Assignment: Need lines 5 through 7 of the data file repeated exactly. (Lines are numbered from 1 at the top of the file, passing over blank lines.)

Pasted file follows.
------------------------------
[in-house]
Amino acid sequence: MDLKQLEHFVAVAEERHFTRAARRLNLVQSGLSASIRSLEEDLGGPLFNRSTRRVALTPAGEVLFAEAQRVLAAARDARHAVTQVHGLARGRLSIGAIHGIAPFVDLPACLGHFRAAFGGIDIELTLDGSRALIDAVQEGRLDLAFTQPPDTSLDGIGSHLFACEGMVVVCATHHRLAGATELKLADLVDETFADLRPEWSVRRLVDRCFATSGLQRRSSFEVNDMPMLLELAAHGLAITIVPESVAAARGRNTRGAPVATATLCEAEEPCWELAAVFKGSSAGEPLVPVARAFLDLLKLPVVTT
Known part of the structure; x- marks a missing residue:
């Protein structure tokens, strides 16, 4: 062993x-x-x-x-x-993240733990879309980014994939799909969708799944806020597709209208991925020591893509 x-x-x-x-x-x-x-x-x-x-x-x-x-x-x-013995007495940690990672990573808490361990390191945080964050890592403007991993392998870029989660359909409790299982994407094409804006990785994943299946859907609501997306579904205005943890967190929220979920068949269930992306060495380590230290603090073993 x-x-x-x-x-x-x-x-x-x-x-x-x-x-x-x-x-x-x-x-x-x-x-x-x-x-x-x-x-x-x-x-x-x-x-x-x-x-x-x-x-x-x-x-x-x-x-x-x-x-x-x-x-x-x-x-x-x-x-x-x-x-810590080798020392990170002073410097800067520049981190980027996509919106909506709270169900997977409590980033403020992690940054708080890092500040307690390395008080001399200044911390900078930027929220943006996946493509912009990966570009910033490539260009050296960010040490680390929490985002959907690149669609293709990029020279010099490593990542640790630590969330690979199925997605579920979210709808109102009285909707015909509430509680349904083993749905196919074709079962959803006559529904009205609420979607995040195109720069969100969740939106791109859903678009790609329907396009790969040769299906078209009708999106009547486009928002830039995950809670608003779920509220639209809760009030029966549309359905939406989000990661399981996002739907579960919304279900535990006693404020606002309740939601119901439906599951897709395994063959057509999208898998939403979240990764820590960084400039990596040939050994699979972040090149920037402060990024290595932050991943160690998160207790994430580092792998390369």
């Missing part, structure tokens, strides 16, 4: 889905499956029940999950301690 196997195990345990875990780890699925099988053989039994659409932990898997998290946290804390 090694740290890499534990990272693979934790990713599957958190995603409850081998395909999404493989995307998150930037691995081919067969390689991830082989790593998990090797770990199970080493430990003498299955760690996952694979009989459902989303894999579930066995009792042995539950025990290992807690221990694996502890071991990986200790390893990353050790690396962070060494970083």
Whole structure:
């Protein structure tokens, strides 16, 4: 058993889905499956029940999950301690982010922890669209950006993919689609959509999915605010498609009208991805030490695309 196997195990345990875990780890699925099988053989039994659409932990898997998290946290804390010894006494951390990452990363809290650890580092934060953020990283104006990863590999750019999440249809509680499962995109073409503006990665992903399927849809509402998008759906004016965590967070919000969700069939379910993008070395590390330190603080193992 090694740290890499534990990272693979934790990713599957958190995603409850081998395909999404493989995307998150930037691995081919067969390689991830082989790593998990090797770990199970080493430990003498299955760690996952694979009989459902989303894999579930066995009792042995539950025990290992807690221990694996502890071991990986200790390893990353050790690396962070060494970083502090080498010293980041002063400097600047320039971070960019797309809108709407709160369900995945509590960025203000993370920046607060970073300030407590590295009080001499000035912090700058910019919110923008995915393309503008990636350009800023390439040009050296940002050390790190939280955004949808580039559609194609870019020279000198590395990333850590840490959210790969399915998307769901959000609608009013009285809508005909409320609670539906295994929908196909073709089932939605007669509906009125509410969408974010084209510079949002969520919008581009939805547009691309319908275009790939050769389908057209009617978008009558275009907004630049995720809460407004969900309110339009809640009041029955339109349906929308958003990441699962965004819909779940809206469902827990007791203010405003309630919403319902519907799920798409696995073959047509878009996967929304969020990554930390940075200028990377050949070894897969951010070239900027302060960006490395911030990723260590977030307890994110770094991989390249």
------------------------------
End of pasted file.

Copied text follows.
């Missing part, structure tokens, strides 16, 4: 889905499956029940999950301690 196997195990345990875990780890699925099988053989039994659409932990898997998290946290804390 090694740290890499534990990272693979934790990713599957958190995603409850081998395909999404493989995307998150930037691995081919067969390689991830082989790593998990090797770990199970080493430990003498299955760690996952694979009989459902989303894999579930066995009792042995539950025990290992807690221990694996502890071991990986200790390893990353050790690396962070060494970083």
Whole structure:
């Protein structure tokens, strides 16, 4: 058993889905499956029940999950301690982010922890669209950006993919689609959509999915605010498609009208991805030490695309 196997195990345990875990780890699925099988053989039994659409932990898997998290946290804390010894006494951390990452990363809290650890580092934060953020990283104006990863590999750019999440249809509680499962995109073409503006990665992903399927849809509402998008759906004016965590967070919000969700069939379910993008070395590390330190603080193992 090694740290890499534990990272693979934790990713599957958190995603409850081998395909999404493989995307998150930037691995081919067969390689991830082989790593998990090797770990199970080493430990003498299955760690996952694979009989459902989303894999579930066995009792042995539950025990290992807690221990694996502890071991990986200790390893990353050790690396962070060494970083502090080498010293980041002063400097600047320039971070960019797309809108709407709160369900995945509590960025203000993370920046607060970073300030407590590295009080001499000035912090700058910019919110923008995915393309503008990636350009800023390439040009050296940002050390790190939280955004949808580039559609194609870019020279000198590395990333850590840490959210790969399915998307769901959000609608009013009285809508005909409320609670539906295994929908196909073709089932939605007669509906009125509410969408974010084209510079949002969520919008581009939805547009691309319908275009790939050769389908057209009617978008009558275009907004630049995720809460407004969900309110339009809640009041029955339109349906929308958003990441699962965004819909779940809206469902827990007791203010405003309630919403319902519907799920798409696995073959047509878009996967929304969020990554930390940075200028990377050949070894897969951010070239900027302060960006490395911030990723260590977030307890994110770094991989390249």